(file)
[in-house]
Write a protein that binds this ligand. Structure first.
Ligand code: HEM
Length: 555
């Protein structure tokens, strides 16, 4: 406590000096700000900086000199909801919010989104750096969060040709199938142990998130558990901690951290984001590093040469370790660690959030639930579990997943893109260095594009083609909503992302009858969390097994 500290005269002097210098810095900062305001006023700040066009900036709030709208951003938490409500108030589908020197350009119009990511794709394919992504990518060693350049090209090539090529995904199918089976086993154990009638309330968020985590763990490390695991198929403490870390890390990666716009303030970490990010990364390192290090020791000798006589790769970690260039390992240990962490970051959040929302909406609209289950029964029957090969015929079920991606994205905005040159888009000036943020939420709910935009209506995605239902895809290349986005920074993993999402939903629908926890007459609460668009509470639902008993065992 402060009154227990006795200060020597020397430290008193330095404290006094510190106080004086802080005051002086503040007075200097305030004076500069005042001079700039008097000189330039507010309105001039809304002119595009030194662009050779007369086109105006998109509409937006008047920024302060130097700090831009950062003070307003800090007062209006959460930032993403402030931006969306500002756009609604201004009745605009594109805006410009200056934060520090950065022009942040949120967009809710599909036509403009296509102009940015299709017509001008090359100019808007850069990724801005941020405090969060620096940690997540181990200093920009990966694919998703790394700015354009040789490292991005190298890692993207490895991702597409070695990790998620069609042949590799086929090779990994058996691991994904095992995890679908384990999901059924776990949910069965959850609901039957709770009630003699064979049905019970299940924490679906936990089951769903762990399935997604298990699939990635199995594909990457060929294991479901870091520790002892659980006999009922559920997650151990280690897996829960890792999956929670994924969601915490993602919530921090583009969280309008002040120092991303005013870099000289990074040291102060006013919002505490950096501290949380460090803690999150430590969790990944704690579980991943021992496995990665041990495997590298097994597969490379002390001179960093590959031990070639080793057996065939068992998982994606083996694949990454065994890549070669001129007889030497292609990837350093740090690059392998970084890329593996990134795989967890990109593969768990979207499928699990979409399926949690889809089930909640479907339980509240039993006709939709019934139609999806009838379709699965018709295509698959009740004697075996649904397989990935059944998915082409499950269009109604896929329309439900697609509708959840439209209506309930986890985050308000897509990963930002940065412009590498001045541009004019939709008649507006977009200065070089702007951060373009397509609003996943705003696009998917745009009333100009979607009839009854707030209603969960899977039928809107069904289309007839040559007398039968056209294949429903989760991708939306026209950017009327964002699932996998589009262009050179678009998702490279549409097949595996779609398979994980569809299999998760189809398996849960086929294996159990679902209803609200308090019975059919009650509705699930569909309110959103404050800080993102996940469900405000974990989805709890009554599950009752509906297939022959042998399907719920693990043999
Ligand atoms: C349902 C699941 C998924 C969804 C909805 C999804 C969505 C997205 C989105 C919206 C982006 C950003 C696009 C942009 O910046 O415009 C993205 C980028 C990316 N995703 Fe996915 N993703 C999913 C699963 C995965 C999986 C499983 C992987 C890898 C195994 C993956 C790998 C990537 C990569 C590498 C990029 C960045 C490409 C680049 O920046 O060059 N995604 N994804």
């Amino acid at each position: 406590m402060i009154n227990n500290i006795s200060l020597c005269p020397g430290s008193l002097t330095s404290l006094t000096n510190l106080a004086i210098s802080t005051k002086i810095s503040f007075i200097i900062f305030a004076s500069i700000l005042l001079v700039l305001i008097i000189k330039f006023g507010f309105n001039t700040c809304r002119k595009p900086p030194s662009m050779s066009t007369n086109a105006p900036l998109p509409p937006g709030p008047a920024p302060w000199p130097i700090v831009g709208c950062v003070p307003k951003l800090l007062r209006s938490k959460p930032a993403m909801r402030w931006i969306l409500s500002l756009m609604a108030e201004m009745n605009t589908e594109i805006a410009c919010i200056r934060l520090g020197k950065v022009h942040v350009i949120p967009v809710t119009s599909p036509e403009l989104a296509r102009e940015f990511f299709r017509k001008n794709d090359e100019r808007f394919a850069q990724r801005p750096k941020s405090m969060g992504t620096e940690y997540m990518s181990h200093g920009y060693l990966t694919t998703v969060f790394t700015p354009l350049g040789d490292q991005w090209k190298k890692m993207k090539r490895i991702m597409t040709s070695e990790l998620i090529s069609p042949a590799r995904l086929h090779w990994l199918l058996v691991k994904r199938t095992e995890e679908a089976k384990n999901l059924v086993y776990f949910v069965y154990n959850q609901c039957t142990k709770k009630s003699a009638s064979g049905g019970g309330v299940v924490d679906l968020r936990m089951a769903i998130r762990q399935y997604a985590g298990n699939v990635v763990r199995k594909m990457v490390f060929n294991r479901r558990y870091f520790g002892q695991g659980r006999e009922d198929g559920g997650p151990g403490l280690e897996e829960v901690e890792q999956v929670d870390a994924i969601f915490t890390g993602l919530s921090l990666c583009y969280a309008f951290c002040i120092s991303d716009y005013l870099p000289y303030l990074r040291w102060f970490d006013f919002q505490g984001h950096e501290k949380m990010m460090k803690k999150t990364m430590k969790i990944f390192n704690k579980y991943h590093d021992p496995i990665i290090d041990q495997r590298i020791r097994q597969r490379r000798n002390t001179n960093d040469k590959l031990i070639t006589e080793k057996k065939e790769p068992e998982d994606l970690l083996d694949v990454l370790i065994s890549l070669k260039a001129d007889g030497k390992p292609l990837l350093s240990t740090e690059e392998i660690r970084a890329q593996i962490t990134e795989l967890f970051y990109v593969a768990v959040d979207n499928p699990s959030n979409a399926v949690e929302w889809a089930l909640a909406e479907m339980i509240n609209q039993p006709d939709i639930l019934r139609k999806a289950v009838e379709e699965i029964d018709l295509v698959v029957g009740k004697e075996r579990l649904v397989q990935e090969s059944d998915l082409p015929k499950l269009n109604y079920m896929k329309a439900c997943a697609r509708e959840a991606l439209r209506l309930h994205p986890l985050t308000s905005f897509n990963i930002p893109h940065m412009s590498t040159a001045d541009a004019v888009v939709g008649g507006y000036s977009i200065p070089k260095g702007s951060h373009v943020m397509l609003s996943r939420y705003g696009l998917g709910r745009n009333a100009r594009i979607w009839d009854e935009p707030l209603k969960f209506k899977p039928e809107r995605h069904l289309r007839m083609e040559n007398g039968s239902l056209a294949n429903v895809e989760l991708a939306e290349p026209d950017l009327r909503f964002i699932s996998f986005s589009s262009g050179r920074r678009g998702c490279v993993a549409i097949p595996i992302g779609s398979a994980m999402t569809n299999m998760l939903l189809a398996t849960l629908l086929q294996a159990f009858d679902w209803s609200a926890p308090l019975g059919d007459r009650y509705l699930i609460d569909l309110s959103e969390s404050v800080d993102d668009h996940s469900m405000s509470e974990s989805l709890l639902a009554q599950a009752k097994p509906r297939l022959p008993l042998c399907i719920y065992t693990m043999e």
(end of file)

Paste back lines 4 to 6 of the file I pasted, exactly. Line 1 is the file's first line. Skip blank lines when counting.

Length: 555
């Protein structure tokens, strides 16, 4: 406590000096700000900086000199909801919010989104750096969060040709199938142990998130558990901690951290984001590093040469370790660690959030639930579990997943893109260095594009083609909503992302009858969390097994 500290005269002097210098810095900062305001006023700040066009900036709030709208951003938490409500108030589908020197350009119009990511794709394919992504990518060693350049090209090539090529995904199918089976086993154990009638309330968020985590763990490390695991198929403490870390890390990666716009303030970490990010990364390192290090020791000798006589790769970690260039390992240990962490970051959040929302909406609209289950029964029957090969015929079920991606994205905005040159888009000036943020939420709910935009209506995605239902895809290349986005920074993993999402939903629908926890007459609460668009509470639902008993065992 402060009154227990006795200060020597020397430290008193330095404290006094510190106080004086802080005051002086503040007075200097305030004076500069005042001079700039008097000189330039507010309105001039809304002119595009030194662009050779007369086109105006998109509409937006008047920024302060130097700090831009950062003070307003800090007062209006959460930032993403402030931006969306500002756009609604201004009745605009594109805006410009200056934060520090950065022009942040949120967009809710599909036509403009296509102009940015299709017509001008090359100019808007850069990724801005941020405090969060620096940690997540181990200093920009990966694919998703790394700015354009040789490292991005190298890692993207490895991702597409070695990790998620069609042949590799086929090779990994058996691991994904095992995890679908384990999901059924776990949910069965959850609901039957709770009630003699064979049905019970299940924490679906936990089951769903762990399935997604298990699939990635199995594909990457060929294991479901870091520790002892659980006999009922559920997650151990280690897996829960890792999956929670994924969601915490993602919530921090583009969280309008002040120092991303005013870099000289990074040291102060006013919002505490950096501290949380460090803690999150430590969790990944704690579980991943021992496995990665041990495997590298097994597969490379002390001179960093590959031990070639080793057996065939068992998982994606083996694949990454065994890549070669001129007889030497292609990837350093740090690059392998970084890329593996990134795989967890990109593969768990979207499928699990979409399926949690889809089930909640479907339980509240039993006709939709019934139609999806009838379709699965018709295509698959009740004697075996649904397989990935059944998915082409499950269009109604896929329309439900697609509708959840439209209506309930986890985050308000897509990963930002940065412009590498001045541009004019939709008649507006977009200065070089702007951060373009397509609003996943705003696009998917745009009333100009979607009839009854707030209603969960899977039928809107069904289309007839040559007398039968056209294949429903989760991708939306026209950017009327964002699932996998589009262009050179678009998702490279549409097949595996779609398979994980569809299999998760189809398996849960086929294996159990679902209803609200308090019975059919009650509705699930569909309110959103404050800080993102996940469900405000974990989805709890009554599950009752509906297939022959042998399907719920693990043999
Ligand atoms: C349902 C699941 C998924 C969804 C909805 C999804 C969505 C997205 C989105 C919206 C982006 C950003 C696009 C942009 O910046 O415009 C993205 C980028 C990316 N995703 Fe996915 N993703 C999913 C699963 C995965 C999986 C499983 C992987 C890898 C195994 C993956 C790998 C990537 C990569 C590498 C990029 C960045 C490409 C680049 O920046 O060059 N995604 N994804």